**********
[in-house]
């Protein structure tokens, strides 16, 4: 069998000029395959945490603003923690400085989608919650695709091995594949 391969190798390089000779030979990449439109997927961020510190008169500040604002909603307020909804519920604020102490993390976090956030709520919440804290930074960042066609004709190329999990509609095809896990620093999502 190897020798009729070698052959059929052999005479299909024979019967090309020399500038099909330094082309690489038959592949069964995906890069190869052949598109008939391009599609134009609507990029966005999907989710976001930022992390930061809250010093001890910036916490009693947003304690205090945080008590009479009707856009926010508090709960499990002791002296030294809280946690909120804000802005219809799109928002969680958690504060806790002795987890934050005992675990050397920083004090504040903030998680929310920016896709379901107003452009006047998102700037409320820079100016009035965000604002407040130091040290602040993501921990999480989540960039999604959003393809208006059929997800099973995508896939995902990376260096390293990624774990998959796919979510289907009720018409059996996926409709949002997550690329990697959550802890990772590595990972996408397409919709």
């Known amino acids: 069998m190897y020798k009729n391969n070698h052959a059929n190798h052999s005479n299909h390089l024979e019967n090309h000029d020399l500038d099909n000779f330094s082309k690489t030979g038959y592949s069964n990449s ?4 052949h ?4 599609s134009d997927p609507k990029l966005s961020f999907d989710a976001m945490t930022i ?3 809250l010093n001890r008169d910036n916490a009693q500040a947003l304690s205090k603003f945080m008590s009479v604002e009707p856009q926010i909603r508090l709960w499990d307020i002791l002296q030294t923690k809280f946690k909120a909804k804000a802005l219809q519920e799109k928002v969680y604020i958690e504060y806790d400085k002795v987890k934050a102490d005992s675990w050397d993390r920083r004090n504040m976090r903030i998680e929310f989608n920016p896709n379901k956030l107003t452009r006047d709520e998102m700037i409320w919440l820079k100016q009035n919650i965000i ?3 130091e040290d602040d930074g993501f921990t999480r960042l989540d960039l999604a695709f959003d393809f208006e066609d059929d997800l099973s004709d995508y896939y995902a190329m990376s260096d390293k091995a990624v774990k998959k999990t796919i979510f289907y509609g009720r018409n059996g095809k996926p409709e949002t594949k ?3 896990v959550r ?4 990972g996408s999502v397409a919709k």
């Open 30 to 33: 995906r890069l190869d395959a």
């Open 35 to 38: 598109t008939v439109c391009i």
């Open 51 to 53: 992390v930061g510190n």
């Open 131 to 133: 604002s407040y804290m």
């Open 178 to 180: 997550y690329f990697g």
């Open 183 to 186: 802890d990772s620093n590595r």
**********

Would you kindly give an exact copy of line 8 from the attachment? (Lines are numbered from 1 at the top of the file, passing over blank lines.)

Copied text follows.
């Open 178 to 180: 997550y690329f990697g």